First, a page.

Snapchat – What Parents Need to Know

Every now and then a app comes on the scene that gets everyone’s attention, especially teenagers. Recently a new app has come on the scene which can probably be found on the smart phones of most teenagers. It’s called Snapchat. Snapchat is a new app that makes sharing photos with your friends quick and easy. It’s basically texting, but with photos. You can control how long your friends can see your photo as well. Also, you can add text to your pictures. Sounds great, right? Before you answer that think about the doors this opens for teenagers. In a teen culture that is already saturated with sex, using social media for things like sexting has become a huge problem with teens. In the past, teens were using text messages to have sexual conversations with others and maybe sending a photo or two via text. Now through Snapchat teens can send pictures much easier and quicker which opens the door even wider for things like sexting. Here is why this app will make sexting more popular among teens. Because of the timing feature, allowing a user to set a time limit their photo can be seen, adds a false security that their picture will not be posted all over their school. In the past this has been a huge problem. A girl would send a nude photo to a boy which would result in that boy sharing that photo throughout the school. With Snapchat’s time limit, teens will feel “safer” sending nude photos. I may be coming down too hard on this new app and only thinking about the bad effects of it, but I really believe apps like Snapchat will increase the rate of teens engaging in sexting. And the problems with sexting are numerous, but one that I will mention is the way teens view it. To them it’s not bad because your not actually having sex. Your just talking and sending a photo or two. They fail to see, and parents fail to see, that sexual immorality in the Bible isn’t just referring to intercourse, it is referring to anything sexual outside of the covenant of marriage. So how should parents respond? Should they punish their child for downloading or using this app? Should we just make moralistic rules for this app like we have done with other “bad” things in our culture? I suggest parents, and student pastors, should respond in a few ways to the phenomenon of Snapchat. First, remember this app is a morally neutral thing. By that I mean the app itself is not bad or good. What makes it bad or good is the way one uses it. It’s the same as the internet. The internet itself is not bad, it’s the user that either uses it for good or for bad. So parents should be careful to instantly make rules for their child to “not use this app.” If they feel like that is needed, than go for it, but I suggest parents have a talk with their child about the heart of the matter, which is how are they going to use it. It’s a app they can use to either bring glory to sinfulness or bring glory to God. Focus on the heart not just outward rules and regulations. Second, stay informed. Most parents wouldn’t even know if their child is using this app and if they were or were not sending nude photos. Parents need to be intentional about learning the popular trends within teen culture (click here to view a few tools to help you do just that). [Question] What are your thoughts on Snapchat? How can we encourage teens to use it in a way that brings glory to God?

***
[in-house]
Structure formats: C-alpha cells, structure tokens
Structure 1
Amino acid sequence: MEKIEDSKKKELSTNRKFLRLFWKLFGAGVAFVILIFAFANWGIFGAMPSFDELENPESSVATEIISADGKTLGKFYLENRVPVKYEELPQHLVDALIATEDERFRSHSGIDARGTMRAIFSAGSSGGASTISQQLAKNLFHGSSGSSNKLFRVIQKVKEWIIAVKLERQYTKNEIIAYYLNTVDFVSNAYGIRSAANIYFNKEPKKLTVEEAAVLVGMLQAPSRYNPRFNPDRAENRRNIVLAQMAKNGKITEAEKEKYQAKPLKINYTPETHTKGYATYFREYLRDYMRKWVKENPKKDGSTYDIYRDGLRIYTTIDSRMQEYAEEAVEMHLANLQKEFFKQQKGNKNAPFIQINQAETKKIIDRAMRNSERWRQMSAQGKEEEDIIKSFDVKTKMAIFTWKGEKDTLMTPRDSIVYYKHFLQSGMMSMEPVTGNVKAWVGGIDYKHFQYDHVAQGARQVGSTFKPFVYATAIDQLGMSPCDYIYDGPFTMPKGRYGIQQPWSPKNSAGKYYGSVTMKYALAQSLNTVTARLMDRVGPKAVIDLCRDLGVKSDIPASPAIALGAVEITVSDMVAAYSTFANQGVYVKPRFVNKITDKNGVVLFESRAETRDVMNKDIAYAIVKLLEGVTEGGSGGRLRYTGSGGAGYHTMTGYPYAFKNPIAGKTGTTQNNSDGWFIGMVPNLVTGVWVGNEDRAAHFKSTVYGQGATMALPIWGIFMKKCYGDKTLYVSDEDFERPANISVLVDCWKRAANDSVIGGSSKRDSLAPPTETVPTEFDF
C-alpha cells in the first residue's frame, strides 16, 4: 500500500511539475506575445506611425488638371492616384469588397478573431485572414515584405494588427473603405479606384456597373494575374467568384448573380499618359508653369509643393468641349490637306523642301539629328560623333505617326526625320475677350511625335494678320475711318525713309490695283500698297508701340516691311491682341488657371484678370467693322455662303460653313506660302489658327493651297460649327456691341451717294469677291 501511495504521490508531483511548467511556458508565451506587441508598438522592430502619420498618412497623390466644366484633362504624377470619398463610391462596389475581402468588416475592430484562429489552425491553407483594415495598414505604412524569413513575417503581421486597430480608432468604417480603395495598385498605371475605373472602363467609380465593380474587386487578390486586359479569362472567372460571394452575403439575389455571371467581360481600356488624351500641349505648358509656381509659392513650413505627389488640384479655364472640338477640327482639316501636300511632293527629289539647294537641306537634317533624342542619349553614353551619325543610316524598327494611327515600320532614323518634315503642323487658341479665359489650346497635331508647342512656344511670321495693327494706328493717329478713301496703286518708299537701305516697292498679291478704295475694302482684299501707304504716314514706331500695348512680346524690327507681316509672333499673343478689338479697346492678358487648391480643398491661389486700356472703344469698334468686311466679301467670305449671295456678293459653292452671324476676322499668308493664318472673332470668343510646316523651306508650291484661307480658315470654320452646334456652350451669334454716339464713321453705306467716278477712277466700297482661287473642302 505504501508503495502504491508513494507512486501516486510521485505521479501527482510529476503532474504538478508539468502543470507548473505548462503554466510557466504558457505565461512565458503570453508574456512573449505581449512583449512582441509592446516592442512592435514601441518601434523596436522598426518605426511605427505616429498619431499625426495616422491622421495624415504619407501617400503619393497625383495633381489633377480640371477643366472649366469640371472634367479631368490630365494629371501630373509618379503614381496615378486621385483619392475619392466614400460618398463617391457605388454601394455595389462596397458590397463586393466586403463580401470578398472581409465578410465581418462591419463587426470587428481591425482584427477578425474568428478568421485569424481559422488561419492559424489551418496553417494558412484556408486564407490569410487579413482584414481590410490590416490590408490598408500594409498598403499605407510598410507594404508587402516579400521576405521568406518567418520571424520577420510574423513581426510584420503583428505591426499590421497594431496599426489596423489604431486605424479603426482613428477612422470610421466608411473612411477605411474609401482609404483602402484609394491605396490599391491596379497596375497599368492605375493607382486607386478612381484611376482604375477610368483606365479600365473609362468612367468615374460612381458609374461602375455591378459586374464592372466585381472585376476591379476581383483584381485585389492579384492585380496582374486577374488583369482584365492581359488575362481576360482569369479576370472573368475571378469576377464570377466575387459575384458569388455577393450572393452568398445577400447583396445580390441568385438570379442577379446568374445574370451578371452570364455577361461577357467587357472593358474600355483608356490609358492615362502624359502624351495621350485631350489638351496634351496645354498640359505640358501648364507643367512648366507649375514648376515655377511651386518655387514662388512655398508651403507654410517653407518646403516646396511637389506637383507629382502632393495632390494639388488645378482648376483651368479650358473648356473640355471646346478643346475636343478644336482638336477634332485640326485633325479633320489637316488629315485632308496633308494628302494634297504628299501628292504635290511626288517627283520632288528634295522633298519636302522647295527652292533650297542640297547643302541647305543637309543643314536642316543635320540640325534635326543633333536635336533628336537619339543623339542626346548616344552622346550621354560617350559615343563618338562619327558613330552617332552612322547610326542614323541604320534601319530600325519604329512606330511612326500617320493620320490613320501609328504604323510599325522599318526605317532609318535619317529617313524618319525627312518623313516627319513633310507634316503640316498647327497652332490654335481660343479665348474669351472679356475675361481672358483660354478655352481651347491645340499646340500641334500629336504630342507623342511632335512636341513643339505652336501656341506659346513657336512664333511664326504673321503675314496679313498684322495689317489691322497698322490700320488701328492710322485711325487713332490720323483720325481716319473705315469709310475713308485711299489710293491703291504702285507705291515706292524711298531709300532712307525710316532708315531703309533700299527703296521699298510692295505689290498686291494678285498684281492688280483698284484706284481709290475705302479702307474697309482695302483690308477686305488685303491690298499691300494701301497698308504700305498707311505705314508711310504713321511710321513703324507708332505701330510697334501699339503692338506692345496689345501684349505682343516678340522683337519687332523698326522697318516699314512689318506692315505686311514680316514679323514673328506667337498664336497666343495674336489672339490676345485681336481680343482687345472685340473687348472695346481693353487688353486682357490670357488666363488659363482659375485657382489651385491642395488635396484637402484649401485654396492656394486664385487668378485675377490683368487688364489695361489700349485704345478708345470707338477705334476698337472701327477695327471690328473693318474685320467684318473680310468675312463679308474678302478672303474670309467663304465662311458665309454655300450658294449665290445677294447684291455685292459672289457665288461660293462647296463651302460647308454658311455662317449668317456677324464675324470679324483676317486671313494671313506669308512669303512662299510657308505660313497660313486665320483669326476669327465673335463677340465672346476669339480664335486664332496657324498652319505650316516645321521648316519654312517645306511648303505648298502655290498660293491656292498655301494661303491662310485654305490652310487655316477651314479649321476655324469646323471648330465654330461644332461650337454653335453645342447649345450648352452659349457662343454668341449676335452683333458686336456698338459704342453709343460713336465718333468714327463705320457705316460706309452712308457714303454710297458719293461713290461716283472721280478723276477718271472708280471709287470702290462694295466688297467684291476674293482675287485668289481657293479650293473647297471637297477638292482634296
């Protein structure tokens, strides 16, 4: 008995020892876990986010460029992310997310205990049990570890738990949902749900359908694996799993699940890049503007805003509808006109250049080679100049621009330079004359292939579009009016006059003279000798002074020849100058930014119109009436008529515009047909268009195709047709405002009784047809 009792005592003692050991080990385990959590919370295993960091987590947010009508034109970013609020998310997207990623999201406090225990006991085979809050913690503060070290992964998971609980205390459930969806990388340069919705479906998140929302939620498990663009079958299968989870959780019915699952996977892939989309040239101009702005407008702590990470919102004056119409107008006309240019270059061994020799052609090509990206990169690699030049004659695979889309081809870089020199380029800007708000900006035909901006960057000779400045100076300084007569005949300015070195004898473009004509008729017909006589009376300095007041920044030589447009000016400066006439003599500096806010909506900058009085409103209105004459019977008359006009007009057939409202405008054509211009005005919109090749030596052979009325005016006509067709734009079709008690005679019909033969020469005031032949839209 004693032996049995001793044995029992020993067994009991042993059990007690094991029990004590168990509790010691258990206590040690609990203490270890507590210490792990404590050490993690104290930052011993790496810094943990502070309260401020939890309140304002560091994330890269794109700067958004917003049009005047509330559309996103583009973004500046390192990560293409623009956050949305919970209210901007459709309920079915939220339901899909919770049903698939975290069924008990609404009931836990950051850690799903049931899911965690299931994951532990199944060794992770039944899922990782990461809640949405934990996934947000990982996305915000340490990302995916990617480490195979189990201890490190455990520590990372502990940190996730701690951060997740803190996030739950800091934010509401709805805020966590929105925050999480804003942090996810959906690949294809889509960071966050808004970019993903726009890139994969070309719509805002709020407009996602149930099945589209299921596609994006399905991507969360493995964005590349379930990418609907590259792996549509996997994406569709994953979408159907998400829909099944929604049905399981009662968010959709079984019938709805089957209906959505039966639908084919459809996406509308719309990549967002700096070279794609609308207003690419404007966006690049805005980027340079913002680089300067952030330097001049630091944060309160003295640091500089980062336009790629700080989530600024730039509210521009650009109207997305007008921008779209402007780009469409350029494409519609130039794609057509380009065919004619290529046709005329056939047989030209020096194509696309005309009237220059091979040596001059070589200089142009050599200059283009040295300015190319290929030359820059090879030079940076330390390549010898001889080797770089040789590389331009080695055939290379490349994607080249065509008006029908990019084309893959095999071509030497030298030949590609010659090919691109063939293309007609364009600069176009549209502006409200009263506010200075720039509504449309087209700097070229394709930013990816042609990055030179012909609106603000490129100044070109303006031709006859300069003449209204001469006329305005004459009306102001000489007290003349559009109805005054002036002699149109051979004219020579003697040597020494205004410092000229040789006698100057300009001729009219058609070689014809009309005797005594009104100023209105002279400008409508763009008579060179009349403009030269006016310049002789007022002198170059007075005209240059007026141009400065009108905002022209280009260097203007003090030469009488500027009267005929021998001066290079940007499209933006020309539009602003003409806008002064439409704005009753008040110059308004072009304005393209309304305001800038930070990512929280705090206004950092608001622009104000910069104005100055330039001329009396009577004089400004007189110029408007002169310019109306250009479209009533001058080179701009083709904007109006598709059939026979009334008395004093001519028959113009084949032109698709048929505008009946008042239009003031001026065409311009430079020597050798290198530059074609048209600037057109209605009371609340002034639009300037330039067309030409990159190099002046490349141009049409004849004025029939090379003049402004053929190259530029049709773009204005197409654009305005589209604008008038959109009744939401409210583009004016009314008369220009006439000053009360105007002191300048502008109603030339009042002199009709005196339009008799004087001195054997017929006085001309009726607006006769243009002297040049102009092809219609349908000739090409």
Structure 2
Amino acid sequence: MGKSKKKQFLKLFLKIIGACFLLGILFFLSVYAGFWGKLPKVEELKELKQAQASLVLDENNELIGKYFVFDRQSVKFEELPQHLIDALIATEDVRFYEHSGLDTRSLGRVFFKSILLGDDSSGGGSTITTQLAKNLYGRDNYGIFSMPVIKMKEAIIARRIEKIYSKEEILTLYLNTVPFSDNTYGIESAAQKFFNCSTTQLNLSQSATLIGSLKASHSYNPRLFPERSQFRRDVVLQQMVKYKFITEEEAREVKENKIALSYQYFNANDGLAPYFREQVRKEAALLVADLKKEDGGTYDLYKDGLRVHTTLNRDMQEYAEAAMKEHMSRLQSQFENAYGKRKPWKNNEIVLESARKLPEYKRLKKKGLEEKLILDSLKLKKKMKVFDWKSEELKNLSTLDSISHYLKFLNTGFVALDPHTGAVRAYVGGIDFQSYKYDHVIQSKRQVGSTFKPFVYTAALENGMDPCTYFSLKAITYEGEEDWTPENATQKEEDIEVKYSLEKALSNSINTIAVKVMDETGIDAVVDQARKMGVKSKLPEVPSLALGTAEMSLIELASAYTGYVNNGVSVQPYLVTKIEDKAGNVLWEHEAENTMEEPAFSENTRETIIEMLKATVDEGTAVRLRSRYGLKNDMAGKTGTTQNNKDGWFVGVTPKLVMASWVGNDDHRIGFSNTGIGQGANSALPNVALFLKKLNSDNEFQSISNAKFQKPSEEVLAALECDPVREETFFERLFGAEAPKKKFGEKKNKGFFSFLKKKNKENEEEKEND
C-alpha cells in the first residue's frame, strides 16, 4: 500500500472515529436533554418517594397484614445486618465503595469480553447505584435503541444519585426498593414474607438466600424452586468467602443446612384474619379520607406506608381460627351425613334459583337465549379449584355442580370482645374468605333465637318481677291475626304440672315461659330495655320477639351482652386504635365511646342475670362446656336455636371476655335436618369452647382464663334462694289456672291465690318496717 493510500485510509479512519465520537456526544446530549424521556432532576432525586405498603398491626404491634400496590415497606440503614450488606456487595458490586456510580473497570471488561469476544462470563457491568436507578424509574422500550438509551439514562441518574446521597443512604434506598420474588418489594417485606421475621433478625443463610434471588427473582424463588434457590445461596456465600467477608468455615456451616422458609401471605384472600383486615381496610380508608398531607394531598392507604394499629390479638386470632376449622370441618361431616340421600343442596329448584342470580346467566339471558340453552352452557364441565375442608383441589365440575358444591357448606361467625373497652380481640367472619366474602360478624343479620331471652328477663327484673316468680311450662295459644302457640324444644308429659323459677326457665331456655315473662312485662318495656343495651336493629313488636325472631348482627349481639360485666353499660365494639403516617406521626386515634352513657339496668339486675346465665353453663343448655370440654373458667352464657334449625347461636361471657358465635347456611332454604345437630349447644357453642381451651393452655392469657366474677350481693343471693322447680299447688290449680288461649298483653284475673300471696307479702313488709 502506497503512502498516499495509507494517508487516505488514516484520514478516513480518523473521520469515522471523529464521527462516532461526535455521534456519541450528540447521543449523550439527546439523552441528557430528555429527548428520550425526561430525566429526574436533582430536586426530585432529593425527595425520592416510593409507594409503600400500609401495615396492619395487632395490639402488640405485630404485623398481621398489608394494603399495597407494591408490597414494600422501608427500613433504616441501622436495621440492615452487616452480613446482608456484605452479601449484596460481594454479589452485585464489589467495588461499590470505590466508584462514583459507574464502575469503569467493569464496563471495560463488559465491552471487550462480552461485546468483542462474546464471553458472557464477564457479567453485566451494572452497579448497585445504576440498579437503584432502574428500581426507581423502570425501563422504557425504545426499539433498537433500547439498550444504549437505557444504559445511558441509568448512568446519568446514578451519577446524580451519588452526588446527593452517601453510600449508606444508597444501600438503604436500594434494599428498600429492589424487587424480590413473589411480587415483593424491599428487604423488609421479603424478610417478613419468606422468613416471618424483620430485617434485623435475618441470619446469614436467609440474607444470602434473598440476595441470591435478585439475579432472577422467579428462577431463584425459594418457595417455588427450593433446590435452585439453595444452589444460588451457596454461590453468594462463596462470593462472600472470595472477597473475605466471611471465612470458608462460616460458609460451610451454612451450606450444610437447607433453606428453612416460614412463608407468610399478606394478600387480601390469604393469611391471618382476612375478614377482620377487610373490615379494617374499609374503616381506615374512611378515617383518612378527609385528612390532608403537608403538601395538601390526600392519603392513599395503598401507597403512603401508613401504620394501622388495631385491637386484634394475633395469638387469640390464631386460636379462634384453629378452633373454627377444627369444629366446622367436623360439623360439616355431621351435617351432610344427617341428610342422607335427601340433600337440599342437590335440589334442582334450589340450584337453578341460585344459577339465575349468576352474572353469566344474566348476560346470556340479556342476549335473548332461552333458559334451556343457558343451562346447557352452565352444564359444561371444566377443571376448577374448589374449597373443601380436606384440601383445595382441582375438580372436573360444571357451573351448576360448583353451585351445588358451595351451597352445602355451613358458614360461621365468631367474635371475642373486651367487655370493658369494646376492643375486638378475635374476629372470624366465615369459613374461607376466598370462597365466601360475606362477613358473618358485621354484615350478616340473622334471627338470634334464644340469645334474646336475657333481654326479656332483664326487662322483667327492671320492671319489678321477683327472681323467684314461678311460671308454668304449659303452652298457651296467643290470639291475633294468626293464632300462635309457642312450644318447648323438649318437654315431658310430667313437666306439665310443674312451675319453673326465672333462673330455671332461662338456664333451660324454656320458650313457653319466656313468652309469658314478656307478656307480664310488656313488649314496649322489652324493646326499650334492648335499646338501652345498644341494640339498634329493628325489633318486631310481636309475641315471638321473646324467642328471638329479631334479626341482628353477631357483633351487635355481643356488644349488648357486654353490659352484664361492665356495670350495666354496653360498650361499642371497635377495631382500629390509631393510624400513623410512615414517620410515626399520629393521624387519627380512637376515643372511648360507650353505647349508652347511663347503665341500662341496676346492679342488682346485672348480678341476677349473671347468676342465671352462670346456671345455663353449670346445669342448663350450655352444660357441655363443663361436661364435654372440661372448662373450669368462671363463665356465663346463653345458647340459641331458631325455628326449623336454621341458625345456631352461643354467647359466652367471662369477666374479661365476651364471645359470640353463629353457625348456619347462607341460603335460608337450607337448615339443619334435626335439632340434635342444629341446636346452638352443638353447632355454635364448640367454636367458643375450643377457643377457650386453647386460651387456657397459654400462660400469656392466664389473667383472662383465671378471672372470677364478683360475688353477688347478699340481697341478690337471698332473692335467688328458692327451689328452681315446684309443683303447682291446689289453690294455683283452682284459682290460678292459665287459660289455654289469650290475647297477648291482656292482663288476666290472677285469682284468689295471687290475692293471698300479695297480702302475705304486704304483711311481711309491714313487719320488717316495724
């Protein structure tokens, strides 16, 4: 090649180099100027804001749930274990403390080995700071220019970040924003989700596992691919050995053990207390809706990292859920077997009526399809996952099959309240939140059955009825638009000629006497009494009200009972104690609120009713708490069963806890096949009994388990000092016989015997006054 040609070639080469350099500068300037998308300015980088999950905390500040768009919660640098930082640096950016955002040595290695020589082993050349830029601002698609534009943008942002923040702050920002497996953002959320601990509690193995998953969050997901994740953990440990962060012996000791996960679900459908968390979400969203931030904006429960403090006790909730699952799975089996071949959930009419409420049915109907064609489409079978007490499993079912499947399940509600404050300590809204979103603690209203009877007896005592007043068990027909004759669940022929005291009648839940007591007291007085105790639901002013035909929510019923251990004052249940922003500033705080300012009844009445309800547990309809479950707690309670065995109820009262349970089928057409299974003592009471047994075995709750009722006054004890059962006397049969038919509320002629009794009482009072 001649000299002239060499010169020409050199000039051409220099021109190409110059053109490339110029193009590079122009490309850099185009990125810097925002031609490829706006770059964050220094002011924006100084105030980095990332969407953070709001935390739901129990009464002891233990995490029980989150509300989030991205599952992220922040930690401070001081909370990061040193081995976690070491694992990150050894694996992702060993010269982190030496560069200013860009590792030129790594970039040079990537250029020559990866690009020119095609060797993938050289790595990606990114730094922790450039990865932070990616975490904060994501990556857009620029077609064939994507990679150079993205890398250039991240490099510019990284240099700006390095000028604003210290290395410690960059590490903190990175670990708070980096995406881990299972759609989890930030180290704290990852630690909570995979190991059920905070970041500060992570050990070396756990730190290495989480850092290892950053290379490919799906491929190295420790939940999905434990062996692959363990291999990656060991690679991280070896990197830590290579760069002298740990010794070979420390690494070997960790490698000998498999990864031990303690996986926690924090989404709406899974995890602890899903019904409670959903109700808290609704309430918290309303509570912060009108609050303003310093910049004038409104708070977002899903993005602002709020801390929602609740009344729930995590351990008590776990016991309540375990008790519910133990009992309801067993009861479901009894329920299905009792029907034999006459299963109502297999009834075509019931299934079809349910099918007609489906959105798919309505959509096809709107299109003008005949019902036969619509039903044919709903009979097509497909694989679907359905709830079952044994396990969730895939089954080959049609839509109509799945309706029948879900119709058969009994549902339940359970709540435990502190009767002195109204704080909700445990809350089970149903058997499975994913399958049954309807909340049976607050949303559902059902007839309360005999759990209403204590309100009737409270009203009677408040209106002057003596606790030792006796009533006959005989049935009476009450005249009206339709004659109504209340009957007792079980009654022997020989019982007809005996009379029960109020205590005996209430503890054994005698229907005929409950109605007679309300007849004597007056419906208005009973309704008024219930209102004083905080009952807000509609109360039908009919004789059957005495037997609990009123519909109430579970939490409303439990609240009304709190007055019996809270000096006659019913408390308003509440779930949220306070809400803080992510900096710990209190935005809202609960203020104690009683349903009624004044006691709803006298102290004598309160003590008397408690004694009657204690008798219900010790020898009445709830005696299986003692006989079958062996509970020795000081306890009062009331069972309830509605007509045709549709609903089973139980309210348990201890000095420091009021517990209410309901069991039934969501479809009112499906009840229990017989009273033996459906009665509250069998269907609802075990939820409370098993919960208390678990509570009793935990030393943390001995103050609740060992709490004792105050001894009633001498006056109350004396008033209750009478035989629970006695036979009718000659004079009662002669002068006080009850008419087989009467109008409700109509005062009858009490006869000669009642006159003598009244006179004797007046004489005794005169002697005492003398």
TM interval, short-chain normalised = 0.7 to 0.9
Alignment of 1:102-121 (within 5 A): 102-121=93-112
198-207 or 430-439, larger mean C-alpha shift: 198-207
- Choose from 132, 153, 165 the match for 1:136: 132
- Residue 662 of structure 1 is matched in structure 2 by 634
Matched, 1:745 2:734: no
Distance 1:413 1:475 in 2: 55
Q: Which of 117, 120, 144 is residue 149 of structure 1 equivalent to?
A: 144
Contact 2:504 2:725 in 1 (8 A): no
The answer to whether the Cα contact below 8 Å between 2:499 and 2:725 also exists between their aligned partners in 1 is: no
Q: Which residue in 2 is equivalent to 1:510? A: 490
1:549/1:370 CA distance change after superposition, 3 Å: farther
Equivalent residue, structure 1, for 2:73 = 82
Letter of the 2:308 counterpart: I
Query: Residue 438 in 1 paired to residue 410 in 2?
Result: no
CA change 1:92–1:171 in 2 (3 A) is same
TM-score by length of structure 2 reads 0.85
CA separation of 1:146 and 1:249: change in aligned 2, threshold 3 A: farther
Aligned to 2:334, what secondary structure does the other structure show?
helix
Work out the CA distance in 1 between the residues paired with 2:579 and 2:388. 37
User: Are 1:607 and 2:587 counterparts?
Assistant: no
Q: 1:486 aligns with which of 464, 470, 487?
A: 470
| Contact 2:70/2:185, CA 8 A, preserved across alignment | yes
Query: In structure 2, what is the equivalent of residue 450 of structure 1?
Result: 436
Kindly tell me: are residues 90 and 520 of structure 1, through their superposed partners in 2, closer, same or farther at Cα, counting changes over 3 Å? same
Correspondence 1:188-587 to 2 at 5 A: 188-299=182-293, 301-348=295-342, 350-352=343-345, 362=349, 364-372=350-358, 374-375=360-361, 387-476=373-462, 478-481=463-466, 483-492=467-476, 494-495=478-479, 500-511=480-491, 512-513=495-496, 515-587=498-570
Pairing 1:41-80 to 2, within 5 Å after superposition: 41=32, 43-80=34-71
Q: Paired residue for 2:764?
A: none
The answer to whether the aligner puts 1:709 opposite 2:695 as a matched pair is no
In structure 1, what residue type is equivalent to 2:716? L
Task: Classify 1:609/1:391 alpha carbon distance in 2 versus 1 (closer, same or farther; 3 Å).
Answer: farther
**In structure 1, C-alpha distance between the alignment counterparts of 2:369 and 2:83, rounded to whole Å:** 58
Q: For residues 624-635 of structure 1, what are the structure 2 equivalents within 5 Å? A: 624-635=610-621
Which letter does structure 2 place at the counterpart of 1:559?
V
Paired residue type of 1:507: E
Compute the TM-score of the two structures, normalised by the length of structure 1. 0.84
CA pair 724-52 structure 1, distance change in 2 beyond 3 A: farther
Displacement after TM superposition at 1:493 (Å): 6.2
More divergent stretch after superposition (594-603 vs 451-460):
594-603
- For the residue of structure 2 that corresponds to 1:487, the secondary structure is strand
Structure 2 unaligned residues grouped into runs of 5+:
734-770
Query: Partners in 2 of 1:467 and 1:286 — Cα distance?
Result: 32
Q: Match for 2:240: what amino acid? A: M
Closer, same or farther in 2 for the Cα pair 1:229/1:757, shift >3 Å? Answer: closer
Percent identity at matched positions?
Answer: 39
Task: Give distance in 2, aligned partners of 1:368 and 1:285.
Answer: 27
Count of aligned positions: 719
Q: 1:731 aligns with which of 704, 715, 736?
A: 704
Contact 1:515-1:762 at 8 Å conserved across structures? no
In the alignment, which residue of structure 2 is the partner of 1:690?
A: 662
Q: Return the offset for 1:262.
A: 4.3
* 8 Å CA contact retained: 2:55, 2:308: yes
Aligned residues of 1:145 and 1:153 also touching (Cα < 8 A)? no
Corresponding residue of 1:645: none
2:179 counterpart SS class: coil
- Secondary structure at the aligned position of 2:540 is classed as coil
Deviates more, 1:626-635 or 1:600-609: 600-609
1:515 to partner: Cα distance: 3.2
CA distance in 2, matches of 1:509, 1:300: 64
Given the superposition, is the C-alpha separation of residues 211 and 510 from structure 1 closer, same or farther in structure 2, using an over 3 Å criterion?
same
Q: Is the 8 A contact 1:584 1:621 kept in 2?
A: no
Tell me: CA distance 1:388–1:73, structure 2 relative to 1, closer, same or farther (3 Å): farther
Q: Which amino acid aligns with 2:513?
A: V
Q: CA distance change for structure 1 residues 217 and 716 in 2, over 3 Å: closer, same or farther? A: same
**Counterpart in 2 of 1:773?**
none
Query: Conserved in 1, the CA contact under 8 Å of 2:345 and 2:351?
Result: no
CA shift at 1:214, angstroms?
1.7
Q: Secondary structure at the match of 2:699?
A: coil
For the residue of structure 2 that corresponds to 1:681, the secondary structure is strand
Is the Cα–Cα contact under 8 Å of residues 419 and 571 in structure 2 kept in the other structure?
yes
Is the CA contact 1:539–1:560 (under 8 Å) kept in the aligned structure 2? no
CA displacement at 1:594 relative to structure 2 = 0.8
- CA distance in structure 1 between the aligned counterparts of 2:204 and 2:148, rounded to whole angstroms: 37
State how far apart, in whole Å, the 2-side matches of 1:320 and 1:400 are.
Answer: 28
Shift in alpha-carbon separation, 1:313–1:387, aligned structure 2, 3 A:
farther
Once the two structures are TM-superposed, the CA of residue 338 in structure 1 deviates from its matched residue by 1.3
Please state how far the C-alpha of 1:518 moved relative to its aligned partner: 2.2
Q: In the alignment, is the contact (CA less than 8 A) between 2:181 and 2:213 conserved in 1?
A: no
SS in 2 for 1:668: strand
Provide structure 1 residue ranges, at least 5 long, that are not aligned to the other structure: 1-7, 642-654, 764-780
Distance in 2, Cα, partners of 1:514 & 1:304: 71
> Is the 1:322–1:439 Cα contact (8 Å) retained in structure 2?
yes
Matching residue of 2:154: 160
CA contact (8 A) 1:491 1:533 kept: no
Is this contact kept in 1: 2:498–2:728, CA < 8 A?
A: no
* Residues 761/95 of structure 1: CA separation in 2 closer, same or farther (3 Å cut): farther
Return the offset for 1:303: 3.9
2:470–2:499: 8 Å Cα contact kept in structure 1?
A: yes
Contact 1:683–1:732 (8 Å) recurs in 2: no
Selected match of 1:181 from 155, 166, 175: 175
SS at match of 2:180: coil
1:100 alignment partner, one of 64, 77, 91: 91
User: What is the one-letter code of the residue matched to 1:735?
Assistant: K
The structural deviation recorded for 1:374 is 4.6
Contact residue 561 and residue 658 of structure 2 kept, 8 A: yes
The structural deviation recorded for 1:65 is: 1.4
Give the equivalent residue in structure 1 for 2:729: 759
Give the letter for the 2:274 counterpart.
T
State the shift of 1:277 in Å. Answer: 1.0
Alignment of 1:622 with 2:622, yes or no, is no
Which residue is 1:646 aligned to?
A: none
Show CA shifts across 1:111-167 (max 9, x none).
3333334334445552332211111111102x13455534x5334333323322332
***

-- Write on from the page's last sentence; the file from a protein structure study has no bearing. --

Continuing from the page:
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Published by

Austin McCann

Austin is the student ministries director at Redemption Chapel in Stow, OH. He has a BA from Piedmont International University in Christian Ministries with a student ministries focus. He also has Master of Arts in Religion with a Christian leadership focus from Liberty University School of Divinity. Austin enjoys reading, writing, playing basketball & golf, spending time with his wife, and sharing the Gospel with students and helping them live a Bible centered life.

16 thoughts on “Snapchat – What Parents Need to Know”

  1. Well handled and well written. Thanks for making us aware.

    Rick McKee Pastor | Stow Campus Christ Community Chapel | 330.650.9533

  2. A parent asked me this (not about SnapChat, but it relates): Is it really my place to regulate what she does with her phone?

    Answer: Yes.

    We should help parents realize that they have authority in their child’s life and we should help students realize that too.

    1. Aaron,

      Good thoughts. I find it crazy that many parents think they shouldn’t control what their children do on their phones. Children need accountability and boundaries, but within the context of a loving relationship. Parents must learn that balance between mentoring and allowing room for learning through mistakes, but also protecting and being an authority.

      Austin

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